His big Desert Storm Humvee is loaded to the nines with every kind of computerized gadget, tracking device, telescope, radar, scanner, viral map, night vision camera, satellite radio, and eletronic gizmo ever invented. The tires look like they belong on a tanker truck. I’m sure there’s a few guns in there too, maybe the same ones we encountered yesterday. A SWAT command mobile unit wouldn’t be as loaded.

“Wow!” I say as he invites me to look inside.

-Hey, Actor-Man here tells me you guys are shooting a movie, huh?
-Yeah. And you are…?
-Robert, nice to meet you. We’ve been watching you.
-We? Who’s we?
-All us neighbors. Through our telescopes. We live in that sub-division way down the mountain.
-You have telescopes at home too?
-Sure, we all have telescopes. At home, in our cars, on our guns, you name it.
-Yeah, we were wondering what you were filming. We watched you all day yesterday.
-All day? You can see that far?
-Sure, I can tell you what you had for lunch.
-Hopefully not what I shit for lunch.

He laughs. I’m not really kidding.

-So you guys ran from the target shooters yesterday, huh? I don’t blame you.

He’s a jovial guy, quite friendly, charismatic even. Dare I say, even quite attractive, in a desert rat, safari-man kind of way. I don’t think he bears any ill will, but it sure is unnerving to know a whole town has been spying on you at super magnitude.

-Well, nice meeting you. I’ve got to get back to my crew. They’re waiting for me to bring dinner.

-Oh, I can help carry it. Actor-Man has invited me to the set, to see what’s going on.

-What??? Actor-Man? But… he’s not the boss. And we have a permit.

-I just wanted to see. If it’s a problem, I’ll leave.

-No, it’s not a problem. That’s Actor-Man who pipes up.

My blood starts to boil. I feel very protective of my crew and my film and what we’re doing.

-Well, I will have to see if it’s all right with everyone. I’ll come back and let you know.

I head back up the canyon with dinners for the crew. I think, maybe it’s OK. The guy is pretty nice. He’s just curious. I tell the crew. And all of them hit the roof (if there was s roof).

-What does Actor-Man think he’s doing? Why is he making decisions that affect all of us? This guy’s a stranger, we’ve got thousands and thousands of dollars in gear, and yesterday we almost got shot by some of these gangbangers!

-I know, I know.

I don’t want to say that Robert is so nice, he’s kind of co-opted me as a friend, and that he’s got more gear in his Humvee than all of our gear put together, so he really doesn’t need our gear, and he certainly doesn’t look like a gangbanger. I am torn between the two sides. Just then Actor-Man brings Robert up, even though I had told them to wait. That sends my blood shooting through my head.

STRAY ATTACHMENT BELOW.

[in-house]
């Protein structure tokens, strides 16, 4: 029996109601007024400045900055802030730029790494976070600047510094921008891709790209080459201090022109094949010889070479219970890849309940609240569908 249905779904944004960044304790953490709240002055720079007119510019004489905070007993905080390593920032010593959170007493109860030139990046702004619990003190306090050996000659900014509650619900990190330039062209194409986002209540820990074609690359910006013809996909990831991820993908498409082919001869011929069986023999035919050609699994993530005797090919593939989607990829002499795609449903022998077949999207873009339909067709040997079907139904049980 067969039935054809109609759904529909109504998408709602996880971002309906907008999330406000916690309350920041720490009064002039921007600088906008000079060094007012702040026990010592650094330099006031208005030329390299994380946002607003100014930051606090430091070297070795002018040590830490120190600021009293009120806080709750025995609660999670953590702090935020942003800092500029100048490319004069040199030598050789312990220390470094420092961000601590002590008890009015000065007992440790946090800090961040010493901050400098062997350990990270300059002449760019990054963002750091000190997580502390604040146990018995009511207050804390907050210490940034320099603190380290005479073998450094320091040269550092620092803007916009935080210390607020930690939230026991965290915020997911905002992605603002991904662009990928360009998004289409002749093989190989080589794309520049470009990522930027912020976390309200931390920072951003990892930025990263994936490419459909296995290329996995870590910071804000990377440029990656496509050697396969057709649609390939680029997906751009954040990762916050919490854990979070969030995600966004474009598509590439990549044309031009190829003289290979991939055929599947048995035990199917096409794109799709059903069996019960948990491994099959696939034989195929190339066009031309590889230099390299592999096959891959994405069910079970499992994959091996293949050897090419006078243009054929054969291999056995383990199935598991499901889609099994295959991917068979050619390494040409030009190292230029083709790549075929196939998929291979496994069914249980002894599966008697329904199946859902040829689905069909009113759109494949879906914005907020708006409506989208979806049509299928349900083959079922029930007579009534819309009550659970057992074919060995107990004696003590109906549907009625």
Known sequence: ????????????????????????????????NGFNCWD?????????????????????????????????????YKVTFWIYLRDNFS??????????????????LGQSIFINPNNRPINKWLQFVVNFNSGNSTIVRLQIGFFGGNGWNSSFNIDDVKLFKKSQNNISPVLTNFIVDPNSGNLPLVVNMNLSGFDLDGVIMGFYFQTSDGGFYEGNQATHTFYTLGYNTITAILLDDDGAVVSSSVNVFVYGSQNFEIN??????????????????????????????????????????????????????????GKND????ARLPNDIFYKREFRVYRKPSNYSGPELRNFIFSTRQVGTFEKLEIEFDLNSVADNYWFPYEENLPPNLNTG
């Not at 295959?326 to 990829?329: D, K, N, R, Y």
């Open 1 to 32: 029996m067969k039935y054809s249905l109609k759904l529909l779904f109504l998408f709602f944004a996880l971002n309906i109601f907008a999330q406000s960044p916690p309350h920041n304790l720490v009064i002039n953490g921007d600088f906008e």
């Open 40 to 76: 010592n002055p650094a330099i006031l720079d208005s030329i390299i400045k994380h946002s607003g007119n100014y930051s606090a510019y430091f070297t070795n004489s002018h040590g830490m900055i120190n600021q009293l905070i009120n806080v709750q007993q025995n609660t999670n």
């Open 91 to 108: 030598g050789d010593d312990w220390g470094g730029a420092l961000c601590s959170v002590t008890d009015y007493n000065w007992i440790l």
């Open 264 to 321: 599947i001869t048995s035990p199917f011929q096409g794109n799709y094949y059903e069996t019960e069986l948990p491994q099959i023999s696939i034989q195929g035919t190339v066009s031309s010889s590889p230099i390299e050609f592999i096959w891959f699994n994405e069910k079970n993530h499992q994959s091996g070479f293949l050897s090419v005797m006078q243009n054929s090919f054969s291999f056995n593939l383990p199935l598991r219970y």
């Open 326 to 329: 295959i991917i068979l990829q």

-I can’t handle this.

-I’ll handle it.

That’s Mr. Alpha Military Crew Guy.

I am quite willing to let him carry this one. He quietly takes Actor-Man and Robert a ways off and speaks in dulcet but manly tones. When he returns, both the other two are headed down the hill.

-He was a nice guy, I say. Though full of guns and telescopes…

-Nice or not, we have to be careful who we bring on set.

On the bright side, the shrimp scampi is to die for. Some of the crew make fun of Tony the caterer and his walk and his weird greasy ways, but I think he’s come through really good for us. Sure, his food sometimes tastes of discount store food. But all in all, pretty good. This shrimp scampi is good enough for three servings on my part. Never mind where he got shrimp in this desert; 24-hour desert Walmart, I suppose. Best to just enjoy it.

Soon even the angry crew is laughing when I tell them about Robert’s safari HumVee truck, and how the neighbors are eying us through their telescopes right now as we eat our shrimp scampi.

-Do these people have nothing better to do?

-That’s what they do here – look through telescopes and shoot guns. And run dune buggies and HumVees through the sand at night. It’s the way of the desert.

Actor-Man returns sans Robert. A new crisis hits when we realize the scene I have written just does not work. It – just – does – not – work. And it’s obvious to everyone. How did I write such a badly motivated scene? After a lot of rigamarole and squirming and arguing and hemming and hawing and re-dos, we manage to save it. We change everything, pretty much improvising our way through it. Somehow it comes out. I think.

But I sure was sweating there for a while. Wondering if I should give up filmmaking and screenwriting. And finally, the longest day of our entire film shoot is wrapped. Witnessed, I’m sure, by dozens of roving telescopes…

Dead Weight’, a desert survival tale, will screen at the Golden State Film Festival at the Chinese Theater, 6925 Hollywood Blvd., Hollywood, CA 90028 – on Tues., Feb. 25 at 9:30pm. Tickets – (look under ‘D’ for Dead Weight) – Please do come out and support local filmmakers! The filmmaker you support may be the filmmaker who hires you one day!

Anna Maganini is an actress/writer/filmmaker with credits on TV shows like Black Monday, SMILF, Dexter, The Mentalist, and more. The film ‘Dead Weight’ is her directorial debut. It has screened at several film festivals, including Las Vegas International and WRPN Women’s International Film Festival (both nominated her for Best Actress).